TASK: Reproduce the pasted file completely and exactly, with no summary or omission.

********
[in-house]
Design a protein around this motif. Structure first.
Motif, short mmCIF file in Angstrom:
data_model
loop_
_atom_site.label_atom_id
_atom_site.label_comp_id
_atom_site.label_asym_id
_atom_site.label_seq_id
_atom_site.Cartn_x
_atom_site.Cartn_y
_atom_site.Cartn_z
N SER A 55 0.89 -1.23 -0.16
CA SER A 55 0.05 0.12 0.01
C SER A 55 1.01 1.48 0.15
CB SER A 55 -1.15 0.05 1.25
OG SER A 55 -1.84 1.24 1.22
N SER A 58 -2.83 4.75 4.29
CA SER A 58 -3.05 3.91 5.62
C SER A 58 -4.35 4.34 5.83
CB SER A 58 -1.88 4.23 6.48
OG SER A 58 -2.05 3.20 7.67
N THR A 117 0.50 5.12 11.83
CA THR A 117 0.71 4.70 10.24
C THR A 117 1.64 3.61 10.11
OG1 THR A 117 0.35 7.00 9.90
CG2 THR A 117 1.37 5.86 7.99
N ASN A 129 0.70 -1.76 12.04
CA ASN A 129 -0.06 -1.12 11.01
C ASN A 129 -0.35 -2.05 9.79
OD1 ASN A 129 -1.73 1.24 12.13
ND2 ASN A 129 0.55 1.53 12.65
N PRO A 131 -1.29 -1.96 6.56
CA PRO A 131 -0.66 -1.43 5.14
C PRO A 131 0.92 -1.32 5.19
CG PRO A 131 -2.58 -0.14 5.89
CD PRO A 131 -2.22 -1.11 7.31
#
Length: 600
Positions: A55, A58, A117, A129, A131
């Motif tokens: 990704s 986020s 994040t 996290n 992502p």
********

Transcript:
[in-house]
Design a protein around this motif. Structure first.
Motif, short mmCIF file in Angstrom:
data_model
loop_
_atom_site.label_atom_id
_atom_site.label_comp_id
_atom_site.label_asym_id
_atom_site.label_seq_id
_atom_site.Cartn_x
_atom_site.Cartn_y
_atom_site.Cartn_z
N SER A 55 0.89 -1.23 -0.16
CA SER A 55 0.05 0.12 0.01
C SER A 55 1.01 1.48 0.15
CB SER A 55 -1.15 0.05 1.25
OG SER A 55 -1.84 1.24 1.22
N SER A 58 -2.83 4.75 4.29
CA SER A 58 -3.05 3.91 5.62
C SER A 58 -4.35 4.34 5.83
CB SER A 58 -1.88 4.23 6.48
OG SER A 58 -2.05 3.20 7.67
N THR A 117 0.50 5.12 11.83
CA THR A 117 0.71 4.70 10.24
C THR A 117 1.64 3.61 10.11
OG1 THR A 117 0.35 7.00 9.90
CG2 THR A 117 1.37 5.86 7.99
N ASN A 129 0.70 -1.76 12.04
CA ASN A 129 -0.06 -1.12 11.01
C ASN A 129 -0.35 -2.05 9.79
OD1 ASN A 129 -1.73 1.24 12.13
ND2 ASN A 129 0.55 1.53 12.65
N PRO A 131 -1.29 -1.96 6.56
CA PRO A 131 -0.66 -1.43 5.14
C PRO A 131 0.92 -1.32 5.19
CG PRO A 131 -2.58 -0.14 5.89
CD PRO A 131 -2.22 -1.11 7.31
#
Length: 600
Positions: A55, A58, A117, A129, A131
């Motif tokens: 990704s 986020s 994040t 996290n 992502p």